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Medline ® Abstracts for References 1,2

of 'Classification of pancreatic cysts'

1
TI
Prevalence of unsuspected pancreatic cysts on MDCT.
AU
Laffan TA, Horton KM, Klein AP, Berlanstein B, Siegelman SS, Kawamoto S, Johnson PT, Fishman EK, Hruban RH
SO
AJR Am J Roentgenol. 2008;191(3):802.
 
OBJECTIVE: Current generation MDCT technology facilitates identification of small, nonenhancing lesions in the pancreas. The objective of this study was to determine the prevalence of findings of unsuspected pancreatic cysts on 16-MDCT in a population of adult outpatients imaged for disease unrelated to the pancreas.
MATERIALS AND METHODS: Contrast-enhanced MDCT scans of the abdomen were reviewed from 2,832 consecutive examinations to identify pancreatic cysts. Patients with a history of pancreatic lesions or predisposing factors for pancreatic disease or who were referred for pancreatic CT were excluded.
RESULTS: A total of 73 patients had pancreatic cysts, representing a prevalence of 2.6 per 100 patients (95% CI, 2.0-3.2). Cysts ranged in size from 2 to 38 mm (mean, 8.9 mm) and were solitary in 85% of cases. Analysis of demographic information showed a strong correlation between pancreatic cysts and age, with no cysts identified among patients under 40 years and a prevalence of 8.7 per 100 (95% CI, 4.6-12.9) in individuals from 80 to 89 years. After controlling for age, cysts were more common in individuals of the Asian race than all other race categories, with an odds ratio of 3.57 (95% CI, 1.05-12.13). There was no difference by sex in the prevalence of cysts (p = 0.527); however, cysts were on average 3.6 mm larger (p = 0.014) in men than women.
CONCLUSION: In this outpatient population, the prevalence of unsuspected pancreatic cysts identified on 16-MDCT was 2.6%. Cyst presence strongly correlated with increasing age and the Asian race.
AD
School of Medicine and Medical Science, University College Dublin, Dublin 4, Ireland.
PMID
2
TI
High prevalence of pancreatic cysts detected by screening magnetic resonance imaging examinations.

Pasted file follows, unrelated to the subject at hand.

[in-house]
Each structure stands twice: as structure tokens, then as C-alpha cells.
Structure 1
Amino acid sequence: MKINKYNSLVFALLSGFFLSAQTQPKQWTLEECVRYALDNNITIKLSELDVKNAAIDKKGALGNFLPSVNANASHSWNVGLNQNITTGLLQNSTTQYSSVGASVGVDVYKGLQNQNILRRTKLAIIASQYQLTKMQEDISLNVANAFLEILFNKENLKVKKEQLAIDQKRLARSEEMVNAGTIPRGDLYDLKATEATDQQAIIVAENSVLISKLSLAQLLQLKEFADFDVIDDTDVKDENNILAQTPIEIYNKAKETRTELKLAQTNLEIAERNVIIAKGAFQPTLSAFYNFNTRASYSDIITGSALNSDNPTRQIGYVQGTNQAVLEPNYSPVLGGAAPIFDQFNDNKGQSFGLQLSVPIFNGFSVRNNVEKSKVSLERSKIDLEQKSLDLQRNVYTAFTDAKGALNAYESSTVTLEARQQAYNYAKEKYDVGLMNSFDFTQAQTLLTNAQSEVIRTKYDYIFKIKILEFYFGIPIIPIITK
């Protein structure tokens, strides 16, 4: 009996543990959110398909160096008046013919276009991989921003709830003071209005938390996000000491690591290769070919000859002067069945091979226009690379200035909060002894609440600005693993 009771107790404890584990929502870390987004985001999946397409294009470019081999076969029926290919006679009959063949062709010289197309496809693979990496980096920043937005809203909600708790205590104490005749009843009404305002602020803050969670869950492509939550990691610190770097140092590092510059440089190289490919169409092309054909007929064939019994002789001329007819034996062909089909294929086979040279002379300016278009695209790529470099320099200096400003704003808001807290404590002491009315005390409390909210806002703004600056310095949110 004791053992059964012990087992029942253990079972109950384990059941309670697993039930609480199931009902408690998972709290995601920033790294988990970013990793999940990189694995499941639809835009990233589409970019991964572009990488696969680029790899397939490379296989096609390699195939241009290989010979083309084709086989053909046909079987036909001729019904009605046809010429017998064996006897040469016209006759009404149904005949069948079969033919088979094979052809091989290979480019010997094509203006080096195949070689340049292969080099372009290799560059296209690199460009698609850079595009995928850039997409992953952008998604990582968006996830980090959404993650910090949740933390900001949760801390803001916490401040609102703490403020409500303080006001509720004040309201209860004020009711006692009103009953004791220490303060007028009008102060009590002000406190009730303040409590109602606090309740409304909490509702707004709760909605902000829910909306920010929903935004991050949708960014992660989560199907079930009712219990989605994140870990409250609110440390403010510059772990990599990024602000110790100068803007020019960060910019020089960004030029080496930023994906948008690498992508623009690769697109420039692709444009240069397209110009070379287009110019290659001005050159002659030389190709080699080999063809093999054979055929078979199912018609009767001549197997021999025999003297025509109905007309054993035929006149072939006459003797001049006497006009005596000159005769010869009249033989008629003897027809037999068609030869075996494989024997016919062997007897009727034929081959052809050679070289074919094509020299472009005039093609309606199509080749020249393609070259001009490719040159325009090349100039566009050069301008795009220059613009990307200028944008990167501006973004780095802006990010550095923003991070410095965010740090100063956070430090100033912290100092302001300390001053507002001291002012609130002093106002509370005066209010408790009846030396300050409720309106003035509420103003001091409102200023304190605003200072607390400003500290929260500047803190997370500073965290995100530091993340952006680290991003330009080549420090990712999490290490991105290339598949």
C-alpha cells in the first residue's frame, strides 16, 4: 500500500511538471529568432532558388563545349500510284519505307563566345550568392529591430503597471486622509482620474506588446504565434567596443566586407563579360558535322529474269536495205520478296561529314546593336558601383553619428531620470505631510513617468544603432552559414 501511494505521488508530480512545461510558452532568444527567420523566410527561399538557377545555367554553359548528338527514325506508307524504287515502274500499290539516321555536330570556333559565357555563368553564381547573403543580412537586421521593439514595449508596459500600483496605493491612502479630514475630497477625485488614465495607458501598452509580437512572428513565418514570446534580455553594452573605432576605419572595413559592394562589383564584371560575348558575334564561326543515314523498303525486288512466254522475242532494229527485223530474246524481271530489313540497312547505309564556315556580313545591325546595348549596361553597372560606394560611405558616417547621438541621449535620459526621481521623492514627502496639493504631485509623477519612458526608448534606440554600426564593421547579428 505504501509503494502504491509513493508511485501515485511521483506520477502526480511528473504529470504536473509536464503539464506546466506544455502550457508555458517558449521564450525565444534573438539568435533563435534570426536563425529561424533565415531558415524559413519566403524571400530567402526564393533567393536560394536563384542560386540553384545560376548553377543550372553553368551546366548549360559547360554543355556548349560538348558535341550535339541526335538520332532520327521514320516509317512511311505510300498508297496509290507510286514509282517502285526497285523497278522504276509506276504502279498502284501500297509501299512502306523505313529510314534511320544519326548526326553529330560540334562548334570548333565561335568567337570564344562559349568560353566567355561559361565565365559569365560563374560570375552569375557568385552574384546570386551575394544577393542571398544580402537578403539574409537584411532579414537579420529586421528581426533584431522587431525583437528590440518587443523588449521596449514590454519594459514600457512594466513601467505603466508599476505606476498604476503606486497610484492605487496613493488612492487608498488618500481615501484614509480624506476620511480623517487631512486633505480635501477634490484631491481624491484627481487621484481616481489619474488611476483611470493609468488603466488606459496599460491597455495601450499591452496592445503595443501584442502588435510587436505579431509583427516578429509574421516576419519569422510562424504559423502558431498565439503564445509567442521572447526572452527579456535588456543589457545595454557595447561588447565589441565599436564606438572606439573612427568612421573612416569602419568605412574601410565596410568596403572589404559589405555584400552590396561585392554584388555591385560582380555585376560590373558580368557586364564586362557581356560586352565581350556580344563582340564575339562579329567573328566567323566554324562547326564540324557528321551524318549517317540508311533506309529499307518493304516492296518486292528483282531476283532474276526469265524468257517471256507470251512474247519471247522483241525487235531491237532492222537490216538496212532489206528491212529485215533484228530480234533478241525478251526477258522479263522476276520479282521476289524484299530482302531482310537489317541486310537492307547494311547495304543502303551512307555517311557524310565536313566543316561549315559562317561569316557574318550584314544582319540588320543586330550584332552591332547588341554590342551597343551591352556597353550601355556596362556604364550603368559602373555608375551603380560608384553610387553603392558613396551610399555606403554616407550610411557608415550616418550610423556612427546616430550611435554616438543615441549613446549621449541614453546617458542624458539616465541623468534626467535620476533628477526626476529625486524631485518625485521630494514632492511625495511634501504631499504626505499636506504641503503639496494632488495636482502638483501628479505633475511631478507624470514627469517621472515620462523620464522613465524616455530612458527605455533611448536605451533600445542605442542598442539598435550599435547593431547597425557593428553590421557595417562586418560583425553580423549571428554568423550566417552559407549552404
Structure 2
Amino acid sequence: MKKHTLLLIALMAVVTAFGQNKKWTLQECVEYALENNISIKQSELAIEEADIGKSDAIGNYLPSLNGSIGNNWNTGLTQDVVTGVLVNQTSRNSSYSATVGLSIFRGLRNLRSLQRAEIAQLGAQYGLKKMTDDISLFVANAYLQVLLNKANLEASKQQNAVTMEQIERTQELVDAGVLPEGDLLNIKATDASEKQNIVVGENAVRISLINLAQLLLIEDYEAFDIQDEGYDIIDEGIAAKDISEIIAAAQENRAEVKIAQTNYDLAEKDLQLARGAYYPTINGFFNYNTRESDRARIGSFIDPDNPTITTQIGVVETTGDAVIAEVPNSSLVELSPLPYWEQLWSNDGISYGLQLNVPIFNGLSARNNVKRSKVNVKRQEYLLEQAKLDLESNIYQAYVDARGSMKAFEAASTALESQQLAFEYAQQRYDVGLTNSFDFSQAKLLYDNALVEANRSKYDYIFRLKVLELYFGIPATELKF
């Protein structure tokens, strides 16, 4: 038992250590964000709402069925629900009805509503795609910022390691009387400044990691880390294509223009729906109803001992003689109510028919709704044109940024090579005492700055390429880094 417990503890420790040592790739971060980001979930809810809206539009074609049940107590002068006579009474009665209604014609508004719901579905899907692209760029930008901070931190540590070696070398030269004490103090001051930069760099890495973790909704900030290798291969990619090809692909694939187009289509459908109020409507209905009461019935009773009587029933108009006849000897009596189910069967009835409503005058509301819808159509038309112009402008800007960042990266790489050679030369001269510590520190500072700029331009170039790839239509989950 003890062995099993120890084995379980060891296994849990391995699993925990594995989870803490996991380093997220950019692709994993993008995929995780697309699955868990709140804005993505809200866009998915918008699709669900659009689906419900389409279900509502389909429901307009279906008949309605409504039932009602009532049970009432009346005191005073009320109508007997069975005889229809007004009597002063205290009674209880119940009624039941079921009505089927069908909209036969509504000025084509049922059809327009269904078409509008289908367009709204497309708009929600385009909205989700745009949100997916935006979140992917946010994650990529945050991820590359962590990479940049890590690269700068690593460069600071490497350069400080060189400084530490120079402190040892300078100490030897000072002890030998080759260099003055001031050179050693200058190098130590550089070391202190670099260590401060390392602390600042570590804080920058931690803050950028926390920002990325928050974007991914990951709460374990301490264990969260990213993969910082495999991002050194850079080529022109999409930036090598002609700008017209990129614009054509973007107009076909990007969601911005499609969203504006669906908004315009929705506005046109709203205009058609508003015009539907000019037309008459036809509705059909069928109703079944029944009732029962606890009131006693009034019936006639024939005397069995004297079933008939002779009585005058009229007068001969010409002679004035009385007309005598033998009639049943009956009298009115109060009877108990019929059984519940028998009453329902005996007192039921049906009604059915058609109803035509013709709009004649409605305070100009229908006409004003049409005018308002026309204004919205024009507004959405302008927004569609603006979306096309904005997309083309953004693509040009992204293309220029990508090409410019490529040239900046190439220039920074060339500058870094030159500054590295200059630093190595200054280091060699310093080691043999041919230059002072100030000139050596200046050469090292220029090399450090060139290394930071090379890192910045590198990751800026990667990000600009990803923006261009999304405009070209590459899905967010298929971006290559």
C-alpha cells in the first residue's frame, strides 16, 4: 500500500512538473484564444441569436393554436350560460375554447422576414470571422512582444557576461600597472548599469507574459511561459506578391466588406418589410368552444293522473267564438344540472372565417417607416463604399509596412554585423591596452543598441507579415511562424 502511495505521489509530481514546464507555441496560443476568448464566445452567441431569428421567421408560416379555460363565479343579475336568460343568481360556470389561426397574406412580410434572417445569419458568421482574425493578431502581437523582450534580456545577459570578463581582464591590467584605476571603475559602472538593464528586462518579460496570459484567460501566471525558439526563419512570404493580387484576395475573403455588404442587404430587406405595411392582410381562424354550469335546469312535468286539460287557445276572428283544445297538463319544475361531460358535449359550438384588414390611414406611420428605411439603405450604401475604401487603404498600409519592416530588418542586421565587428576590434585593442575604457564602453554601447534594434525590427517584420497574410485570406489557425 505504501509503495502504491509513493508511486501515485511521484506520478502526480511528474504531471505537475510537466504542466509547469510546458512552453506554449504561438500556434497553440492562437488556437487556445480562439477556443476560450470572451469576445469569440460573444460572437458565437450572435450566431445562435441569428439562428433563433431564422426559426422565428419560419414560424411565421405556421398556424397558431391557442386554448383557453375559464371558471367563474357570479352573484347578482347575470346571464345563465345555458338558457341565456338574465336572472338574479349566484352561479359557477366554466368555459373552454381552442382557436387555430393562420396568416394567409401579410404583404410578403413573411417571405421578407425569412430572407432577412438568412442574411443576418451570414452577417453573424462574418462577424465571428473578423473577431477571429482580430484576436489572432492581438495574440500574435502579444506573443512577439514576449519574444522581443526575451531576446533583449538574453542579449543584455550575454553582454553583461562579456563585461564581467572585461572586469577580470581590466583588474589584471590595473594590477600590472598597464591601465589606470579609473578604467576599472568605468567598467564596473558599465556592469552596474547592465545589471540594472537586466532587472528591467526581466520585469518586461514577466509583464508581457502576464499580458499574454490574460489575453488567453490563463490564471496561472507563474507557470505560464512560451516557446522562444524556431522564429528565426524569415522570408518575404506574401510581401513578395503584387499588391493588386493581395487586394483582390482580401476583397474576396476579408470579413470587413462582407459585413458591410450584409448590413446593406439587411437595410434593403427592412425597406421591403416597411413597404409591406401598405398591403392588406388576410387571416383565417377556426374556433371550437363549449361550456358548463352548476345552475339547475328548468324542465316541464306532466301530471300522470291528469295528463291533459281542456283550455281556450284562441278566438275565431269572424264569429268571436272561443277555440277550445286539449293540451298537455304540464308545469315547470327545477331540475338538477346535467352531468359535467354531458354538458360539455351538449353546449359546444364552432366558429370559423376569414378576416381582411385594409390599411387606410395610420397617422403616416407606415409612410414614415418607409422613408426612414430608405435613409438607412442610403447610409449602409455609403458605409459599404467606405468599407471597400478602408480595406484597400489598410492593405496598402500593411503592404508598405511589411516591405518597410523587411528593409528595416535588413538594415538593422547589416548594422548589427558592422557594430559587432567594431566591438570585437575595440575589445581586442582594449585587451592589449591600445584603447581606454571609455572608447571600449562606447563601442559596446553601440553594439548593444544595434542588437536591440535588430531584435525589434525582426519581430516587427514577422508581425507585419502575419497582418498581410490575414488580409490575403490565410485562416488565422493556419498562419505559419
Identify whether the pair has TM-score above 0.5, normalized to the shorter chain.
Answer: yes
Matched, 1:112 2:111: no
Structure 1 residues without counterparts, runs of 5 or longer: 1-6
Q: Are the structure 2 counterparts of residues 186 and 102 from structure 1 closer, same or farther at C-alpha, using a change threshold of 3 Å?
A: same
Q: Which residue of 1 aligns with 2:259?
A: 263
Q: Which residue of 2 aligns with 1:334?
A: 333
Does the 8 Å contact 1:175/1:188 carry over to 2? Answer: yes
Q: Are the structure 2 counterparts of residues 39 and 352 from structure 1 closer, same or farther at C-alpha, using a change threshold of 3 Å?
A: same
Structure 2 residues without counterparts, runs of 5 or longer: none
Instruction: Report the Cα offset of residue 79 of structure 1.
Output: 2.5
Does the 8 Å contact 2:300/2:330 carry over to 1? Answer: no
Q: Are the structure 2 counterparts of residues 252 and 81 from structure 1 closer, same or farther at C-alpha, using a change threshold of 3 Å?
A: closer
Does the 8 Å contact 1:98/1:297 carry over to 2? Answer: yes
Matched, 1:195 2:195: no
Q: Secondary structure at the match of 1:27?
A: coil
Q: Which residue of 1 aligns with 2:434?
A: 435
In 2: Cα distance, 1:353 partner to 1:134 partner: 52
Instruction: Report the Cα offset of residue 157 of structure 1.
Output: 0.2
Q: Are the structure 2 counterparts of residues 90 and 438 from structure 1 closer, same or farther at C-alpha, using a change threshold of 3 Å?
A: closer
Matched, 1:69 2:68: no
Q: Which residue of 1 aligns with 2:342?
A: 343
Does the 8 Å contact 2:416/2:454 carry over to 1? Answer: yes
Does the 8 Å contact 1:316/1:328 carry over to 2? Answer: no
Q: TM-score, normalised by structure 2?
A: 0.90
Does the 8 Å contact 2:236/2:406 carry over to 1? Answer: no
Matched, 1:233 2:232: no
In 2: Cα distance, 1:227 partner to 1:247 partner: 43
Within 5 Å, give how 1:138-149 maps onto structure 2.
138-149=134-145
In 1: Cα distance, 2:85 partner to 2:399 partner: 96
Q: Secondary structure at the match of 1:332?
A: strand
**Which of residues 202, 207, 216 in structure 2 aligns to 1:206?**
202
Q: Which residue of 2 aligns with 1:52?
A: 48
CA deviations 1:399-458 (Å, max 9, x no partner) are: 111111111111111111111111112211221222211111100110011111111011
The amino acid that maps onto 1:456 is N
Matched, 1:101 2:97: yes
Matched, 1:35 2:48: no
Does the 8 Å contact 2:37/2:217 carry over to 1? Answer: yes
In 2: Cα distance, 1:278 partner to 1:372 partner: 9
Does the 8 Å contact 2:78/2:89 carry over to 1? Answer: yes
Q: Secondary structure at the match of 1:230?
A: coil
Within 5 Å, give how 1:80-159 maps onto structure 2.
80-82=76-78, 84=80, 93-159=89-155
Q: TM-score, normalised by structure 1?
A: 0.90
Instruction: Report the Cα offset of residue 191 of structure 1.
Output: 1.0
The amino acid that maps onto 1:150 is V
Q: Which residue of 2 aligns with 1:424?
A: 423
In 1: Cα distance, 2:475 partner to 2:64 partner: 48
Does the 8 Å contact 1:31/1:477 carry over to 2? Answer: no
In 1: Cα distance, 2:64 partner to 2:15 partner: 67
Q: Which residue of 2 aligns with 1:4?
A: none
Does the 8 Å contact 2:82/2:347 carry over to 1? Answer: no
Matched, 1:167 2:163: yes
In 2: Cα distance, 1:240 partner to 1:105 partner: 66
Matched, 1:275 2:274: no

AU
de Jong K, Nio CY, Hermans JJ, Dijkgraaf MG, Gouma DJ, van Eijck CH, van Heel E, Klass G, Fockens P, Bruno MJ
SO
Clin Gastroenterol Hepatol. 2010 Sep;8(9):806-11. Epub 2010 Jun 1.
 
BACKGROUND&AIMS: The prevalence of pancreatic cysts is not known, but asymptomatic pancreatic cysts are diagnosed with increasing frequency. We investigated the prevalence of pancreatic cysts in individuals who were screened by magnetic resonance imaging (MRI) as part of a preventive medical examination.
METHODS: Data from consecutive persons who underwent abdominal MRI (n = 2803; 1821 men; mean age, 51.1 +/- 10.8 y) at an institute of preventive medical care were included from a prospective database. All individuals had completed an application form including questions about possible abdominal complaints and prior surgery. MRI reports were reviewed for the presence of pancreatic cysts. Original image sets of all positive MRI reports and a representative sample of the negative series were re-assessed by a blinded, independent radiologist.
RESULTS: Pancreatic cysts were reported in 66 persons (2.4%; 95% confidence interval, 1.9-3.0); prevalence correlated with increasing age (P<.001). There wasno difference in prevalence between sexes (P = .769). There was no correlation between abdominal complaints and the presence of pancreatic cysts (P = .542). Four cysts (6%) were larger than 2 cm and 3 (5%) were larger than 3 cm. Review of the original image sets by the independent radiologist did not significantly change these findings.
CONCLUSIONS: The prevalence of pancreatic cysts in a large consecutive series of individuals who underwent an MRI at a preventive medical examination was 2.4%. Prevalence increased with age, but did not differ between sexes. Only a minority of cysts were larger than 2 cm.
AD
Department of Gastroenterology and Hepatology, Academic Medical Center, University of Amsterdam, Amsterdam, The Netherlands.
PMID